Monday, 28 May 2012

Exercising With Your Insulin Pump

So, as I have noted in previous posts, I am trying to lose weight, a difficult task for sure.  With an insulin pump you will get quite a few differing suggestions on how to set your insulin basal rates.  The only common thread among the different regimes is that exercising with an insulin pump is certainly easier than traditional syringe therapy, once you get the hang of it. 

The first thing to know is that you should not simply remove your insulin pump when exercising, unless you are in sports that require it (you know, like sumo wrestling or deep sea diving!).  Even when playing contact sports, like football, you can keep your pump on, provided you have taken precautions, like having your cannula inserted somewhere unlikely to get pounded, and your tubing is safely tucked away.

Obviously important is to test your blood sugar before, during, and after vigorous activity, to ensure you are not experiencing low blood sugars.  With all the various diabetes educators I have had, I have rarely had anyone tell me to watch out for lows hours after activity.  I have found that not only will my blood sugar dip during and immediately after activity, but also up to 8 or 9 later (fun when you are asleep!).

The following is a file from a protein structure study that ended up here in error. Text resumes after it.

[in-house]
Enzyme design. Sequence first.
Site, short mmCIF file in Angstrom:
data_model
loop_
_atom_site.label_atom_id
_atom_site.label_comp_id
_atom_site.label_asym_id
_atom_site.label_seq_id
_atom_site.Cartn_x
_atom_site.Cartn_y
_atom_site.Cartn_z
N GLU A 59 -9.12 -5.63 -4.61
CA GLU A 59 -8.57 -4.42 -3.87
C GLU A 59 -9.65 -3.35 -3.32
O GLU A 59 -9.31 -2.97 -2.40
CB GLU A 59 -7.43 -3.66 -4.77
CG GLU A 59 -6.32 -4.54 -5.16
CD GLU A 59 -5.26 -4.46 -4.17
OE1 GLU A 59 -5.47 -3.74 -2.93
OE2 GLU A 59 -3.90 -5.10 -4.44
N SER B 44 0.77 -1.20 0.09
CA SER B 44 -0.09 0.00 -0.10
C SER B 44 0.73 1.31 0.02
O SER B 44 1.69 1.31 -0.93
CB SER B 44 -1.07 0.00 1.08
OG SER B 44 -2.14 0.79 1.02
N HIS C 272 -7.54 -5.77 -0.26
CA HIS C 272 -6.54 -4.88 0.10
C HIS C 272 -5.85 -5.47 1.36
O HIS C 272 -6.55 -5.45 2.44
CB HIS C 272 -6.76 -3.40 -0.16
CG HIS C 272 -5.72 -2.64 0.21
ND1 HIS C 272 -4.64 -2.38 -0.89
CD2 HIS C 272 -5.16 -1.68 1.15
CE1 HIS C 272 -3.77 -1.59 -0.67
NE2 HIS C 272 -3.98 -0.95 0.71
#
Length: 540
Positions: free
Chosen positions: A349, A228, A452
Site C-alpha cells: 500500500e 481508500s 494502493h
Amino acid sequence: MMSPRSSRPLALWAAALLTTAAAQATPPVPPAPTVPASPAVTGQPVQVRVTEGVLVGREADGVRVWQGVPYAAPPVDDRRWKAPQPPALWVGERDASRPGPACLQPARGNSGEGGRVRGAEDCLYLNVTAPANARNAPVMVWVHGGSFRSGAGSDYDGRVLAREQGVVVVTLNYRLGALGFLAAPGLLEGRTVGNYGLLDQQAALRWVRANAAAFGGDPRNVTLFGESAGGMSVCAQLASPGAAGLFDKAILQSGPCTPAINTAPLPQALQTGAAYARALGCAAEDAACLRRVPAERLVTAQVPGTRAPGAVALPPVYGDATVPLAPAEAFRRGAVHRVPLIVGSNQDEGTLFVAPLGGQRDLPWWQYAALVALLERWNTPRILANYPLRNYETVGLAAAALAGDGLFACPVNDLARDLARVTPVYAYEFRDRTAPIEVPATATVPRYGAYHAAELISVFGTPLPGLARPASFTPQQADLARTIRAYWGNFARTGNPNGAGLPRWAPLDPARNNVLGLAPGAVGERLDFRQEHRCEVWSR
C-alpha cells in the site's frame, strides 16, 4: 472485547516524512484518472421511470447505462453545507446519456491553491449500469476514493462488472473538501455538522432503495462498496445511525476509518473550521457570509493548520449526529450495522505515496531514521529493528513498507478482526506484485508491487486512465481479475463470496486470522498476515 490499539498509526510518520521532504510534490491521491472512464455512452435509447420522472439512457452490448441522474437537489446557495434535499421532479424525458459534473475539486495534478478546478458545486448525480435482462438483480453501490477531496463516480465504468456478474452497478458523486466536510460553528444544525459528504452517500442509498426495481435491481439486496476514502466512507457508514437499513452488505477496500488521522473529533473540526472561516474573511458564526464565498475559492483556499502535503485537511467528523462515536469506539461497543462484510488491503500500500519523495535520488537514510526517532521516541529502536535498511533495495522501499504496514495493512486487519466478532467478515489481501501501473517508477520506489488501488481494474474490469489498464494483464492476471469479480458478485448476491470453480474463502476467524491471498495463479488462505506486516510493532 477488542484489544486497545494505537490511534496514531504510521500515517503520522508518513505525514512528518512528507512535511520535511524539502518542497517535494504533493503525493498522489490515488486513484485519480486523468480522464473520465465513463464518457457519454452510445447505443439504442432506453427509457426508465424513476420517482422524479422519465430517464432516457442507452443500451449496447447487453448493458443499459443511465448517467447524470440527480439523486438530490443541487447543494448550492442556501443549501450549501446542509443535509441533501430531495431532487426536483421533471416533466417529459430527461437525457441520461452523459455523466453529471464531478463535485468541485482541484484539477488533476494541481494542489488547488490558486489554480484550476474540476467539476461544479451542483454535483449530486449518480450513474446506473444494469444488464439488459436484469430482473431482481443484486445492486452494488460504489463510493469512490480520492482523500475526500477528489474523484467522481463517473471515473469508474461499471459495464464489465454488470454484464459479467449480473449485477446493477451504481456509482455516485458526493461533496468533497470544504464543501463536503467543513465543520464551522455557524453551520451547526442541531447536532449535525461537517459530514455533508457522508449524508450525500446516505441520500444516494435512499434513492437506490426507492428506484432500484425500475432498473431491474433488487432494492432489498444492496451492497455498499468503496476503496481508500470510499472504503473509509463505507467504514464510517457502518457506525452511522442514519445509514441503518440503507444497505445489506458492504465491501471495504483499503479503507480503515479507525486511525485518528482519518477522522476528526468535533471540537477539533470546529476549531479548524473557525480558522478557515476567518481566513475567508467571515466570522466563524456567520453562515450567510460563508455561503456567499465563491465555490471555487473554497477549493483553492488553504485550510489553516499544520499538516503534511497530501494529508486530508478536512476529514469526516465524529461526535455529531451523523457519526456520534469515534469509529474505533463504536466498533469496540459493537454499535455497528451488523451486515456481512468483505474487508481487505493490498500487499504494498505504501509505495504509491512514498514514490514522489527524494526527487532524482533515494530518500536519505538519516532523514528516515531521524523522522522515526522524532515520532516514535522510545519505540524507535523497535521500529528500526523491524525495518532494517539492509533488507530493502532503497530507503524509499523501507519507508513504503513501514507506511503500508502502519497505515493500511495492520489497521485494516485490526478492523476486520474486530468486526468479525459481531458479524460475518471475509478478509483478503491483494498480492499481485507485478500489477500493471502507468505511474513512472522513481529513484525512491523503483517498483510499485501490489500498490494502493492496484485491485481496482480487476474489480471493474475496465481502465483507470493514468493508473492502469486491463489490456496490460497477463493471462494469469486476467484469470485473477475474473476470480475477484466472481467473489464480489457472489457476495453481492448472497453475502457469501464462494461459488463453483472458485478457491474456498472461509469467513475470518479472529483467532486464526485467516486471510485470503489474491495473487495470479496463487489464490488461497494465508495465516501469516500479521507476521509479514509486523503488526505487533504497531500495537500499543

Now, you will find many suggestions as to what basal rates you should change your insulin pump to during sports or exercise.  I have tried at least three different ideas on how to make things work, none of which have worked for me. This, like everything else that deals with a person's body, is highly individualized, and you will have to experiment for yourself.  As much as I would love to say "before going out for a 20 min. jog reduce your basal rate to 25% for 2 hours, and ensure your blood sugar is at least 6.5 before starting", I can't.  That is what works for me.  What works for you may be something close, but maybe your optimal basal rate is 50% or 0%. 

What I am truly trying to communicate, is that you have to try and experiment on your own.  Start conservatively and work your way towards what is best for you.  For instance, I started at 0% basal rate for three hours.  My sugars were too high an hour (and two and three) later, so I worked towards something that was optimal for me.  Make sure you do start conservatively, though.  You don't want to mix up the feelings of adrenaline with low blood sugars.

As a famous Canadian fitness team says, "Keep fit, and have fun!".

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